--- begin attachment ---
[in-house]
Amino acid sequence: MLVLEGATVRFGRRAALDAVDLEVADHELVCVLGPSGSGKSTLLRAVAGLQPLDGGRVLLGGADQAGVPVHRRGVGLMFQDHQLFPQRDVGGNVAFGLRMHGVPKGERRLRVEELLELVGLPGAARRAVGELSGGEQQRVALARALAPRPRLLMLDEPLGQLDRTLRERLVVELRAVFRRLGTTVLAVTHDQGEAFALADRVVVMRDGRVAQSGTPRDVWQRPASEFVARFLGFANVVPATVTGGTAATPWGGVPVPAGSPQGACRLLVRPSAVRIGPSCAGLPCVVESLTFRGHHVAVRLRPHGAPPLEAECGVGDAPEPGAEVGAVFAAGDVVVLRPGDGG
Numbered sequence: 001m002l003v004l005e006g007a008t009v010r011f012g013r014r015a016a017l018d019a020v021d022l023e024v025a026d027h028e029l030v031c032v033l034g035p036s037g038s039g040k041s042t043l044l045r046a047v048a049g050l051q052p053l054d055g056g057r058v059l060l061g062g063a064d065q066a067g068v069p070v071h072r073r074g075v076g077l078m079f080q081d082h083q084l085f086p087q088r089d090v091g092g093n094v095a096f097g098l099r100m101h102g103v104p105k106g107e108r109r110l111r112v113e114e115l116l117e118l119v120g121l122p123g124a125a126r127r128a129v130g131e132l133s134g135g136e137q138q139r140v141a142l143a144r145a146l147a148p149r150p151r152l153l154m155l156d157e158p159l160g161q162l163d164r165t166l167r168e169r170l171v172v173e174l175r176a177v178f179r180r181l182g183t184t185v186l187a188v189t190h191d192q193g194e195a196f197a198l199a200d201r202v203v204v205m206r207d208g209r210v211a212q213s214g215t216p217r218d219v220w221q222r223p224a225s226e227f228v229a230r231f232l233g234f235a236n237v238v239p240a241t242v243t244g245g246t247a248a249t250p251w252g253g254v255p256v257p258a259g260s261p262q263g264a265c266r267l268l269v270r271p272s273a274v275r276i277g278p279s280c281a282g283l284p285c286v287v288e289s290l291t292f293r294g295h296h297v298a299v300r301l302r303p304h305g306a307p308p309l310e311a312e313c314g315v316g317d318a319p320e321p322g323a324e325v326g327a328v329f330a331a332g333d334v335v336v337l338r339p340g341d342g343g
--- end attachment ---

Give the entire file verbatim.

[in-house]
Amino acid sequence: MLVLEGATVRFGRRAALDAVDLEVADHELVCVLGPSGSGKSTLLRAVAGLQPLDGGRVLLGGADQAGVPVHRRGVGLMFQDHQLFPQRDVGGNVAFGLRMHGVPKGERRLRVEELLELVGLPGAARRAVGELSGGEQQRVALARALAPRPRLLMLDEPLGQLDRTLRERLVVELRAVFRRLGTTVLAVTHDQGEAFALADRVVVMRDGRVAQSGTPRDVWQRPASEFVARFLGFANVVPATVTGGTAATPWGGVPVPAGSPQGACRLLVRPSAVRIGPSCAGLPCVVESLTFRGHHVAVRLRPHGAPPLEAECGVGDAPEPGAEVGAVFAAGDVVVLRPGDGG
Numbered sequence: 001m002l003v004l005e006g007a008t009v010r011f012g013r014r015a016a017l018d019a020v021d022l023e024v025a026d027h028e029l030v031c032v033l034g035p036s037g038s039g040k041s042t043l044l045r046a047v048a049g050l051q052p053l054d055g056g057r058v059l060l061g062g063a064d065q066a067g068v069p070v071h072r073r074g075v076g077l078m079f080q081d082h083q084l085f086p087q088r089d090v091g092g093n094v095a096f097g098l099r100m101h102g103v104p105k106g107e108r109r110l111r112v113e114e115l116l117e118l119v120g121l122p123g124a125a126r127r128a129v130g131e132l133s134g135g136e137q138q139r140v141a142l143a144r145a146l147a148p149r150p151r152l153l154m155l156d157e158p159l160g161q162l163d164r165t166l167r168e169r170l171v172v173e174l175r176a177v178f179r180r181l182g183t184t185v186l187a188v189t190h191d192q193g194e195a196f197a198l199a200d201r202v203v204v205m206r207d208g209r210v211a212q213s214g215t216p217r218d219v220w221q222r223p224a225s226e227f228v229a230r231f232l233g234f235a236n237v238v239p240a241t242v243t244g245g246t247a248a249t250p251w252g253g254v255p256v257p258a259g260s261p262q263g264a265c266r267l268l269v270r271p272s273a274v275r276i277g278p279s280c281a282g283l284p285c286v287v288e289s290l291t292f293r294g295h296h297v298a299v300r301l302r303p304h305g306a307p308p309l310e311a312e313c314g315v316g317d318a319p320e321p322g323a324e325v326g327a328v329f330a331a332g333d334v335v336v337l338r339p340g341d342g343g